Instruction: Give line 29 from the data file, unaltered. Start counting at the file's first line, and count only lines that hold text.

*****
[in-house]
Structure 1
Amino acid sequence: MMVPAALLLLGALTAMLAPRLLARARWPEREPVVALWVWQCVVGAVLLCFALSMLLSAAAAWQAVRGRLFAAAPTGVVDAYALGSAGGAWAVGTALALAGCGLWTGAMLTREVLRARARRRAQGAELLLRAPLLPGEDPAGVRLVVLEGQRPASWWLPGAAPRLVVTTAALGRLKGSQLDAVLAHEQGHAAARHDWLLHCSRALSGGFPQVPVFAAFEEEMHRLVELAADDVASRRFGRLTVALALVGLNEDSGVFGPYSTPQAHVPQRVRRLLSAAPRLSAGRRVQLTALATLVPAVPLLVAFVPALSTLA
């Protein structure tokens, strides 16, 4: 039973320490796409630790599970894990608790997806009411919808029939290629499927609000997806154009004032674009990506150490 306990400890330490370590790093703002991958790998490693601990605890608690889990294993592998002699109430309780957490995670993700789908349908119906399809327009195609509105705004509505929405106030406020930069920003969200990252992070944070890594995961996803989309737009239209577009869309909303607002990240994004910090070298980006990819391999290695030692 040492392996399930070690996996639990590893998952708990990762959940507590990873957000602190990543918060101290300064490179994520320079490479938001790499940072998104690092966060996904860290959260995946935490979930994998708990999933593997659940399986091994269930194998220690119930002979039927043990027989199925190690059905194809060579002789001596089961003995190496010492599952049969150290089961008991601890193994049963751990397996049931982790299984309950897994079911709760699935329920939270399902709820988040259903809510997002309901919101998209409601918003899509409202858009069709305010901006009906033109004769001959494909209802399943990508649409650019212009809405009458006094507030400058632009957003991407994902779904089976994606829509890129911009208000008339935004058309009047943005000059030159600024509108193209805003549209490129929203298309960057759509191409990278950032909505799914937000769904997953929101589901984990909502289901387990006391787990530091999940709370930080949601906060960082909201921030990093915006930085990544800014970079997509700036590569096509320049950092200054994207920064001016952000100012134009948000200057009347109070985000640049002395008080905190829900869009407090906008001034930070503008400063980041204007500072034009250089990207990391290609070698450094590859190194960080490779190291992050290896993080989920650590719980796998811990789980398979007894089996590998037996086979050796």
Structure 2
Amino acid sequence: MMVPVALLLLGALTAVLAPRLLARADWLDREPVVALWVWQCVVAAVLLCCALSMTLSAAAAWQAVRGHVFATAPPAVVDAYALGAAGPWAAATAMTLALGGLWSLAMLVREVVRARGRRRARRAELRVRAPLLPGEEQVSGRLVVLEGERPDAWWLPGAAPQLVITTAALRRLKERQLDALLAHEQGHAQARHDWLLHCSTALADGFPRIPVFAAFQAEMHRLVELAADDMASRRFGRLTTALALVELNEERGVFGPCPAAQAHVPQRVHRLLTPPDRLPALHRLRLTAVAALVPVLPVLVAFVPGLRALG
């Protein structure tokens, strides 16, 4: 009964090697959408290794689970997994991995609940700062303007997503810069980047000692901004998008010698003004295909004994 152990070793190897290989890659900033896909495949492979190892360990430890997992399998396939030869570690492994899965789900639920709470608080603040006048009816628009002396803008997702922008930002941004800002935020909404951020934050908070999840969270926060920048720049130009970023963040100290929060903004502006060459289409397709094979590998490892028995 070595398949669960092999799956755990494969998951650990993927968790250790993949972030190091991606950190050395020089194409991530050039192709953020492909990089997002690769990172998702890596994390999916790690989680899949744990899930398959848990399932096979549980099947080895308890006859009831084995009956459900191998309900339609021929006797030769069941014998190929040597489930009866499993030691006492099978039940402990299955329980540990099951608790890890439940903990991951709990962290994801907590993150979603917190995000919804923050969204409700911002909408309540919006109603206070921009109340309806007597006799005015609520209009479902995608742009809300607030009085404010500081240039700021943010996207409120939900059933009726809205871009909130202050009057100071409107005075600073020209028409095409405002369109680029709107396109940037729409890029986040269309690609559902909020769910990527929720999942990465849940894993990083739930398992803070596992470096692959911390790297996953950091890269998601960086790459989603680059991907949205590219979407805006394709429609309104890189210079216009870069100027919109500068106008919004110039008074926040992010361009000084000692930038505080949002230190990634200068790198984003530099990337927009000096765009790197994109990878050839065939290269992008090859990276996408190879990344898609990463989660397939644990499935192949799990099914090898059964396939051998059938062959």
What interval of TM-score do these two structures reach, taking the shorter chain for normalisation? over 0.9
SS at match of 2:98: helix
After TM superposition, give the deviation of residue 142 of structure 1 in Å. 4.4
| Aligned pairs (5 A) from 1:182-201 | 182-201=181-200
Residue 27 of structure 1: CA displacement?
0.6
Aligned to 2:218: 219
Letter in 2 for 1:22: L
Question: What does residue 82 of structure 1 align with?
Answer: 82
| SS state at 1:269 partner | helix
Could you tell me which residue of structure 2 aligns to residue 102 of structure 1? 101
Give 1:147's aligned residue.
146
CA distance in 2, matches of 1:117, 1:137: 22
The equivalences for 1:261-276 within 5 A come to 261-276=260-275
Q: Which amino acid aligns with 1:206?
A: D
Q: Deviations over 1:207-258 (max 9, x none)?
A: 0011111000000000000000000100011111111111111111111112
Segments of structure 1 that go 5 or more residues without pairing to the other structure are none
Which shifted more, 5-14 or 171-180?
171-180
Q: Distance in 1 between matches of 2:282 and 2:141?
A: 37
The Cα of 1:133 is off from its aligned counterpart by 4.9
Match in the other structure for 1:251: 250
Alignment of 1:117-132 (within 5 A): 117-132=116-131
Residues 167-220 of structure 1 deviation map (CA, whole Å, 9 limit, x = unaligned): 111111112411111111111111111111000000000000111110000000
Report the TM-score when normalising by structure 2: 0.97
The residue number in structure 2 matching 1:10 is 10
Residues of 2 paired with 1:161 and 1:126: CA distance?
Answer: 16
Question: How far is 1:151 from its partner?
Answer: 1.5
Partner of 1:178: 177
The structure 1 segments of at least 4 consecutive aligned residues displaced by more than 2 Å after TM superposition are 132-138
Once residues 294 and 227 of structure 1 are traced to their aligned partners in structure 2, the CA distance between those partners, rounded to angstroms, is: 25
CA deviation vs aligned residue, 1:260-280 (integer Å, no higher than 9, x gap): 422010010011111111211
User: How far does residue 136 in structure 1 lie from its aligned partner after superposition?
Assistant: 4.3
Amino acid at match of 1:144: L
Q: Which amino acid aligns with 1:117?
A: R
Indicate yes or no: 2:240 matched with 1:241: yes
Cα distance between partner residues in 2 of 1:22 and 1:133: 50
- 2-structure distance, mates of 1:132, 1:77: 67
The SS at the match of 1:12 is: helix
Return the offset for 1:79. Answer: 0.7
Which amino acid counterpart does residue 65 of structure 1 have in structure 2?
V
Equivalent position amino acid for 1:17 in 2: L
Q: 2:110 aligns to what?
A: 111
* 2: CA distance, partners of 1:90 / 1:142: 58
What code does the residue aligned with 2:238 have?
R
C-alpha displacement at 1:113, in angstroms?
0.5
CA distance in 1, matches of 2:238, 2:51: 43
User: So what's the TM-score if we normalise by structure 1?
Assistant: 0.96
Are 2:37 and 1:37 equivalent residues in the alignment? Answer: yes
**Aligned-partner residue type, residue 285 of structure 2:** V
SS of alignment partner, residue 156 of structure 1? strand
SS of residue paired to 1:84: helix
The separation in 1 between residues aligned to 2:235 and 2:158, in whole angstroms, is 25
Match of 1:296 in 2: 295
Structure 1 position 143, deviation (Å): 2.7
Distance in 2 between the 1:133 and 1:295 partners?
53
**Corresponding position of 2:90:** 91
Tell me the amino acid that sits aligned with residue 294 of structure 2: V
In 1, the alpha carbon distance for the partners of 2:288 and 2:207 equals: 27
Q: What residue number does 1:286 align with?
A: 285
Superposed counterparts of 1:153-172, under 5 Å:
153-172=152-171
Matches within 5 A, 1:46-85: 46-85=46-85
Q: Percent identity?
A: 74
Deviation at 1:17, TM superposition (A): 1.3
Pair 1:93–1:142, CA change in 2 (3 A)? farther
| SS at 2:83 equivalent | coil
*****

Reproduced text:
Which shifted more, 5-14 or 171-180?